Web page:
By Rey Panaligan
Three Boracay Island residents have asked the Supreme Court (SC) to reverse its decision that declared constitutional President Duterte’s Proclamation No. 475 which closed Boracay Island to tourists and non-residents for six months from April 26 to October 25 last year.
They told the SC that if the ruling is not reconsidered, it would set “a dangerous legal precedent as far as constitutional rights are concerned.”
The petitioners in the case were Mark Anthony Zabal, Thiting Estoso Jacosalem and Odeon Bandiola, who were assisted by the National Union of People’s Lawyers (NUPL)
They insisted that the President’s exercise of police power through Proclamation No. 475 failed to comply with the requisites enumerated under Section 6, Article III of the 1987 Constitution which states that the right to travel can be curtailed only “in the interest of national security, public safety, or public health, as may be provided by law.”
They also pointed out that “the temporary nature of the infringement does not change the fact that the damage had been done, with the livelihoods of thousands of workers – petitioners included – being affected or lost, all to the detriment of these workers and their families.”
In its decision handed down last February, the SC upheld the position of the government that the six-month closure of Boracay Island did not violate the Constitution, particularly on the rights to travel and due process.
The decision written by Associate Justice Mariano C. Del Castillo stated:
“Thus, in order for the now staunch commitment to save the environment not to fade, it behooves upon the courts to be extra cautious in invalidating government measures meant towards addressing environmental degradation.
“Absent any clear showing of constitutional infirmity, arbitrariness or grave abuse of discretion, these measures must be upheld and even lauded and promoted.
“After all, not much time is left for us to remedy the present environmental situation.”
The Office of the President had said the closure of Boracay Island was for the purpose of rehabilitating the island. An inter-agency task force implemented the six-month rehabilitation work.
Solicitor General Jose C. Calida, the government’s chief lawyer, said the closure of Boracay Island was in line with the power of the President under Sections 1 and 17, Article VII of the Constitution.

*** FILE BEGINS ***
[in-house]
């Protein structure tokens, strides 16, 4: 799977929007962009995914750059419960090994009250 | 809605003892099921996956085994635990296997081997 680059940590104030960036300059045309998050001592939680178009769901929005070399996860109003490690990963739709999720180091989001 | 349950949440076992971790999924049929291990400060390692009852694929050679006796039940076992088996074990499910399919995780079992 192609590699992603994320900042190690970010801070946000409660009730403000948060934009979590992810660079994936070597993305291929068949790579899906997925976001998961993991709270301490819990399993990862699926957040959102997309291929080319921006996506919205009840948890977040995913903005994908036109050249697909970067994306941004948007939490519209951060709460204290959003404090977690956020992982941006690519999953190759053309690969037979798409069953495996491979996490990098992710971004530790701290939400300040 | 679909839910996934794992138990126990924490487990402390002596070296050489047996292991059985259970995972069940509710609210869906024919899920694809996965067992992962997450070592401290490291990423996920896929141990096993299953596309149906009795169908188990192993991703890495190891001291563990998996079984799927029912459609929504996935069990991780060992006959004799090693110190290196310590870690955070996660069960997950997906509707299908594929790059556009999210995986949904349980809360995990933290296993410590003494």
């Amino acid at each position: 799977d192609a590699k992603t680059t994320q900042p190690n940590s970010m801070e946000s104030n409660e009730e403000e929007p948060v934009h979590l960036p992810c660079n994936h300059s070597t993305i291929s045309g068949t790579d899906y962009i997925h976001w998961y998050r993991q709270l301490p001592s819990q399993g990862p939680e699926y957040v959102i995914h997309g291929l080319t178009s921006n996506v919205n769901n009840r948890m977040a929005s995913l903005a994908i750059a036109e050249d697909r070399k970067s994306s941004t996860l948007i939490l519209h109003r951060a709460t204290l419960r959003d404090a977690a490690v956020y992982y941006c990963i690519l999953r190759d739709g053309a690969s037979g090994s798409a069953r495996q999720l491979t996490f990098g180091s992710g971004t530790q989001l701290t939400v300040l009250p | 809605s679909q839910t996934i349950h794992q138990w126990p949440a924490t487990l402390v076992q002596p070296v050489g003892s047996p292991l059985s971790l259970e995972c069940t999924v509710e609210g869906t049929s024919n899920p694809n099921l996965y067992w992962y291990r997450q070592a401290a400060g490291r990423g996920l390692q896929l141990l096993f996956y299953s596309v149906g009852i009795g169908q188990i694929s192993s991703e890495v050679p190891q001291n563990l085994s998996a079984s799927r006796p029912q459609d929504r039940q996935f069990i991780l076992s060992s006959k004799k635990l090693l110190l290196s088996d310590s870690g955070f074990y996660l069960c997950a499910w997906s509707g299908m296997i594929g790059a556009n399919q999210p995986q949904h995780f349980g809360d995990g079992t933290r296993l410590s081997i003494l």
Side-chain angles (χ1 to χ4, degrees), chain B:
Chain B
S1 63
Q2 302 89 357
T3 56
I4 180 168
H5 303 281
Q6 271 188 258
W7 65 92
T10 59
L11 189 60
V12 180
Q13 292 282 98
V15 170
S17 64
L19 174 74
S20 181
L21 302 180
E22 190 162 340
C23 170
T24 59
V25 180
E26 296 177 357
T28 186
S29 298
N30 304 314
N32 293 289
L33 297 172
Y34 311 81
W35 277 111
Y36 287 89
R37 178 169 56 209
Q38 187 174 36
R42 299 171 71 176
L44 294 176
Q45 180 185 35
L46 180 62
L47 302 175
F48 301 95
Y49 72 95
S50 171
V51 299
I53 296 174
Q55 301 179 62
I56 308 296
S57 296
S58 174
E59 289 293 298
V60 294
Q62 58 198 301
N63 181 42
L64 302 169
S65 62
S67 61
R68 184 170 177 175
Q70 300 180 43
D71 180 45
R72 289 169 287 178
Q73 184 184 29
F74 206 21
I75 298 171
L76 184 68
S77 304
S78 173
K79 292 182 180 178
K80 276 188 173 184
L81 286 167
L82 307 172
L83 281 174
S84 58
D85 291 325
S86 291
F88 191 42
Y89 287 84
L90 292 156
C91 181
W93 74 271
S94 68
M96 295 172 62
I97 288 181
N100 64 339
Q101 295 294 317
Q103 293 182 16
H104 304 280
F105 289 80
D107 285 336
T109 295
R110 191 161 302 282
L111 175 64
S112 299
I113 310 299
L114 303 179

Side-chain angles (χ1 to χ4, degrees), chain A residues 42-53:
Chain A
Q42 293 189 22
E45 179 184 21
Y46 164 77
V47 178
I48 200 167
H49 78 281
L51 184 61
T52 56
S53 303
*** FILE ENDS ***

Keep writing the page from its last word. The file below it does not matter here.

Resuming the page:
He said a state of calamity was declared in Boracay Island on the recommendation of the National Disaster Risk Reduction and Management Council (NDRRMC).
“In this case, the situation in Boracay Island called for a strong and urgent measure to address the human-induced hazards that have caused the degradation of Boracay Island’s eco-system…,” Calida said.
“Evidently, Proclamation No. 475 is nothing more that the President’s exercise of his power of control over the executive branch of government, especially in addressing the state of calamity in Boracay Island,” he stressed.
“Had the President failed to act on the recommendation of the NDRRMC to address the environmental disaster in Boracay, he would have violated his bounden duty under existing laws and the Constitution,” he added.
At the same time, .Calida said the President did not usurp legislative power in issuing the proclamation.
As a matter of fact, he said, there was no conflict with Congress as the President was “merely implementing the policies laid out by the Legislative Department in various pertinent laws” like Philippine Clean Water Act, Solid Waste Management Act, and Philippine Disaster Risk Reduction and Management Act.
“It cannot be overemphasized therefore that the issuance of Proclamation No. 475 is within the ambit of the powers of the President and not contrary to the doctrine of separation of powers and the mechanisms laid out by the people through the Constitution,” he said.
On the right to travel, Calida said the mandate in the Constitution is not absolute since it provides exceptions in cases of “national security, public safety or public health,” which apply to Boracay Island.